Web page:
This article has little to do with politics and more to do with some of the wonderful experiences of yachting in Cuba. The Republic of Cuba has had a love – hate relationship with the United States for hundreds of years and we’re currently going through one of the latter although thankfully, some thawing of relationships can be seen on the horizon.
The natural beauty of the island and the warmth of it’s people make it an ideal yachting destination. Recent marina developments both on the island and Key West, are provoking numerous requests for more information about the possibilities of normalizing recreational boating traffic to and around this amazing island.
First a geographical overview: Cuba is in the tropics so it is definitely hot and humid in summer and warm and temperate in Winter. The North coast from Havana to Baracoa can best be described at the Windward side of Cuba and should be avoided, if possible, in Winter.
The South Coast from Santiago de Cuba to Cortes in Pinar del Rio is more protected and can be accessed by yacht from the Jamaican ports of Montego Bay or Port Antonio. It’s only 90 miles from Jamaica. If you are SAILING, always try to take an anti-clockwise cruising route around the Island.
For example, if you are starting your cruise in Havana go West and then South and take an anti clockwise route around Cabo San Antonio and then East along the Southern coast.
The South Coast of Cuba is warm and pretty calm, barring tropical storms. The favorite cruising grounds are in the shallow waters around Isla de la Juventud and further East around Cienfuegos and La Trinidad. There are several excellent bareboat operating companies, mostly European, that have bases in this protected area.
In today’s thawing political climate, Cuba has become a very possible and definitely plausible cruising destination for Caribbean charter yachts. The US Coast Guard, used to hover around the 12 mile territorial water limit and stop and board recreational boats and yachts to prevent and discourage visitors. This no longer happening and has not happened since 2011.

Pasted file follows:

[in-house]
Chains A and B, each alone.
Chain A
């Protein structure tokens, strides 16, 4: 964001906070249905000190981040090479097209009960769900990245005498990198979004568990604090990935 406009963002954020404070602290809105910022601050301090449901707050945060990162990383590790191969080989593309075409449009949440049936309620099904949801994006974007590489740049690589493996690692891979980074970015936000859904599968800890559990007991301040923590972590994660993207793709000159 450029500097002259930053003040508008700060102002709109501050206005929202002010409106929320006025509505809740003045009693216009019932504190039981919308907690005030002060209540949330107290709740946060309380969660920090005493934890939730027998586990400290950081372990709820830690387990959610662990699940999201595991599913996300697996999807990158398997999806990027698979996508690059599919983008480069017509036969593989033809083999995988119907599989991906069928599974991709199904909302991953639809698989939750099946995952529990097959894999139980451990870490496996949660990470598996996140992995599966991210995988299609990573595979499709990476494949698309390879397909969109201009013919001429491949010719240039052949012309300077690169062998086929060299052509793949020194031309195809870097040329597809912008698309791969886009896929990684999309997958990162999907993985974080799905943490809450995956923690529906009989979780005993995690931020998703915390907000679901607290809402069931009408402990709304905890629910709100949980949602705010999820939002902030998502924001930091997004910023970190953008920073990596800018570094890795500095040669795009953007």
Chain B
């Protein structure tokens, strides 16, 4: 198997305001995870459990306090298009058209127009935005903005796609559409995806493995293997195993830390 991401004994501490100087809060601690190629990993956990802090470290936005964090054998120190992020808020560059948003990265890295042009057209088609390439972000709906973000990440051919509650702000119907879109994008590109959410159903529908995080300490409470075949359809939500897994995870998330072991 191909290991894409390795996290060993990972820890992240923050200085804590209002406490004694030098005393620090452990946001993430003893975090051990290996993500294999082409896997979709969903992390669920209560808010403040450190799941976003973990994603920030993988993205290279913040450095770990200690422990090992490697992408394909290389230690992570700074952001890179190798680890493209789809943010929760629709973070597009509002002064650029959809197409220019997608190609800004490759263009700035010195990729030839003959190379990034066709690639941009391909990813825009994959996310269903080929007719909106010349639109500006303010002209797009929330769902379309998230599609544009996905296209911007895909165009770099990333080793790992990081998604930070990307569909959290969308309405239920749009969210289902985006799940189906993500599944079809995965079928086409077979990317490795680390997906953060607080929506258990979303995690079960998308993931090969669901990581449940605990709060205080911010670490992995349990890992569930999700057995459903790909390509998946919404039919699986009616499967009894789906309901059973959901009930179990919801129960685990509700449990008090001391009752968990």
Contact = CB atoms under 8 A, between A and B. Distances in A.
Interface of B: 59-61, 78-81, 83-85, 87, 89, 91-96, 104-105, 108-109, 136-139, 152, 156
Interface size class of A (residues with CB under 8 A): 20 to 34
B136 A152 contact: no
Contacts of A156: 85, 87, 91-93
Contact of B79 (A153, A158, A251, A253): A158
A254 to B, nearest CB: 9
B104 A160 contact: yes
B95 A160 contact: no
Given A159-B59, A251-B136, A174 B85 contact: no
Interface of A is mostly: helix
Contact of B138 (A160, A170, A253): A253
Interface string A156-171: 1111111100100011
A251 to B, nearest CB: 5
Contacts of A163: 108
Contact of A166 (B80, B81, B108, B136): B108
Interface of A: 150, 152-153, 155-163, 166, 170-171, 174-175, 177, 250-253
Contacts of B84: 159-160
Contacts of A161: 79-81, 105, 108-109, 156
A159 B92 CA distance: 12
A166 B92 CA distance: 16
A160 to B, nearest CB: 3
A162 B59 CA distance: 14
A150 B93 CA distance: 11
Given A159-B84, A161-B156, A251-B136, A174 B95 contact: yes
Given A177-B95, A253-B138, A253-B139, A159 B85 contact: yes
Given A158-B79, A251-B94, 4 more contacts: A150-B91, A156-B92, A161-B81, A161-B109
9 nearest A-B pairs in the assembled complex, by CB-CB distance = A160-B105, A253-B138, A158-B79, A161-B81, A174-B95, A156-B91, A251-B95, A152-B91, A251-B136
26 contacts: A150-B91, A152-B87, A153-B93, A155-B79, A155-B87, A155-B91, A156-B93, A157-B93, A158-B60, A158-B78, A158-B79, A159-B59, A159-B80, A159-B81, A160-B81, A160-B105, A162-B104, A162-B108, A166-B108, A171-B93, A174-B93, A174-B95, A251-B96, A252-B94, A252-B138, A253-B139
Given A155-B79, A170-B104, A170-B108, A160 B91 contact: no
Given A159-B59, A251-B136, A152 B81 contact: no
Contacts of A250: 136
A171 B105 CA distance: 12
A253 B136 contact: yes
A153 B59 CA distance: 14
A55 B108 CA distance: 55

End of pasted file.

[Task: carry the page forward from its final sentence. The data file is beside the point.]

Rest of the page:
Many yachts cruise in to Cuba from the Bahamas and even from Florida where there are new marinas being built in Key West that will pretty much cater to the yachting community that will be visiting Cuba. If you are chartering in the Bahamas and wish to visit Cuba, make sure that the yacht you are chartering has an owner and a captain who are OK with the detour. Check with us before you charter the yacht and we’ll do the vetting process for you.
Let me mention here that there are plenty of marina slips for smaller yachts but not many for mega or super-yachts. If you’re on a big yacht, make sure to check where they are located. In practice, however, your charter captain will know where the marinas with the right sized slips are.
Foreign-owned recreational craft must enter and leave through an international marina, where they can clear customs and immigration and obtain a cruising permit from the harbormaster. The Hemingway marina, close to Havana is a good example of an international marina that has a customs and immigration office.
A float plan with the expected itinerary, dates and times must be filed at this time. Vessels must clear in at each port of call. Some variation is permitted from the original float plan – the Cuban authorities basically love tourists and love the money they bring to the hard-currency starved economy. So you can expect bureaucratic delays but not major obstacles or hassle.
The Cuban authorities do not distinguish between American or Foreign flagged vessels or the nationality of crews or guests. Everyone must have a valid passport which is true of all countries these days. No, your birth certificate doesn’t count. No visa requirements are necessary for Cuba. Just bring money.
Technically as of the current state of affairs, American citizens are not allowed to actually spend any money in Cuba since this is contrary to the rules of the official economic embargo. In practice, however, very few yachts of any consequence are actually US flagged and crewed so this doesn’t really become an issue since your passport will not be stamped.
The Barr family, who are Canadians, have sailed to Cuba every winter for the past seventeen years and have gained a tremendous amount of knowledge about cruising and touring this fascinating Caribbean island. Cheryl Barr has written a two volume series that is good reading for anyone thinking about chartering in Cuba.
Call us at 877-759-8263 or use our contact form for more information.